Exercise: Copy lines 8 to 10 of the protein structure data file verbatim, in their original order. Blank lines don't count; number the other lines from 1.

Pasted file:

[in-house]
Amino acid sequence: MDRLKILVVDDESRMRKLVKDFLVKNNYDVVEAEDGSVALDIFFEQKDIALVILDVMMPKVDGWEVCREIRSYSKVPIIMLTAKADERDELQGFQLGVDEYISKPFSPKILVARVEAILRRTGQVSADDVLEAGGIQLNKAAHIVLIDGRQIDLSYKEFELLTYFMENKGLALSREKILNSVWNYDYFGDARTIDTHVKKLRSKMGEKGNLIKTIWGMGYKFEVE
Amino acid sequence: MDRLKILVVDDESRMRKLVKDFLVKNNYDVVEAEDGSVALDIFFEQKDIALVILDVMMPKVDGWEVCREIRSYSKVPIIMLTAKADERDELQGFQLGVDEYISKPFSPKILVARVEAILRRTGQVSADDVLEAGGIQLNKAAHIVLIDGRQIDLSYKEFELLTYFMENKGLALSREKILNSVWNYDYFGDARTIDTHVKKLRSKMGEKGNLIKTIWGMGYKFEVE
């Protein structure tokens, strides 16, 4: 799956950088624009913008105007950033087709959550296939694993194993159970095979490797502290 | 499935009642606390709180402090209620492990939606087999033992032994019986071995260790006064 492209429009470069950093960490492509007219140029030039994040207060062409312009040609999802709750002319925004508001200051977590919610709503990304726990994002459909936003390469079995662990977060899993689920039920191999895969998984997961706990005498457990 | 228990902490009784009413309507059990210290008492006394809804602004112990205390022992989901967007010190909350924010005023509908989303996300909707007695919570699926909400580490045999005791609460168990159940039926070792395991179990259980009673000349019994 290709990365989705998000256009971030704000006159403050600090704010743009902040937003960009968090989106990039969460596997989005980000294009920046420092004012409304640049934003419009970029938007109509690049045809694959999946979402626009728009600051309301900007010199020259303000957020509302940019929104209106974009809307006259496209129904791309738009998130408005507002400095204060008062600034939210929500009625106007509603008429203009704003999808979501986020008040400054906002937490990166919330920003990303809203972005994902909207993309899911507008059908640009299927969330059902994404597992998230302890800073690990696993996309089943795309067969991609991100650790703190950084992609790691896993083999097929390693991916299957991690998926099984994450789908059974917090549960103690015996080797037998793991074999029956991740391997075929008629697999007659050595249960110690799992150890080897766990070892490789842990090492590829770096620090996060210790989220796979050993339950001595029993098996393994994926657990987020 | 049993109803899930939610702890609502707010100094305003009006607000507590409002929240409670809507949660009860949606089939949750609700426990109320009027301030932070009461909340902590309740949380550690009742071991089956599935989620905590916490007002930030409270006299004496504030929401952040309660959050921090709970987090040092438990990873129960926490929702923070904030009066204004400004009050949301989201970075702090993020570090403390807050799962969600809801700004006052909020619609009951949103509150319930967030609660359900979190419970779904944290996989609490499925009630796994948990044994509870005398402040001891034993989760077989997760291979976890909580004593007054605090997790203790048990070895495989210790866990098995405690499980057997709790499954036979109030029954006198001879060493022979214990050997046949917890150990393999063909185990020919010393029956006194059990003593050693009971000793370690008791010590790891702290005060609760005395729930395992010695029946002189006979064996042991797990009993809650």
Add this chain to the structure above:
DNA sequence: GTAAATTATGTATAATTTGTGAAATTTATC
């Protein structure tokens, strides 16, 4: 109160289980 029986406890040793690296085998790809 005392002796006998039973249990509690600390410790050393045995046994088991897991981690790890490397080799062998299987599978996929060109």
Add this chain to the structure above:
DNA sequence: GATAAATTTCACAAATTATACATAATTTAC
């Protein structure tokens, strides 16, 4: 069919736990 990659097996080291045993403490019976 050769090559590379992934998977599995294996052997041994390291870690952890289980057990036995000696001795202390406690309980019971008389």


Add this chain to the structure above:
DNA sequence: GATAAATTTCACAAATTATACATAATTTAC
């Protein structure tokens, strides 16, 4: 069919736990 990659097996080291045993403490019976 050769090559590379992934998977599995294996052997041994390291870690952890289980057990036995000696001795202390406690309980019971008389």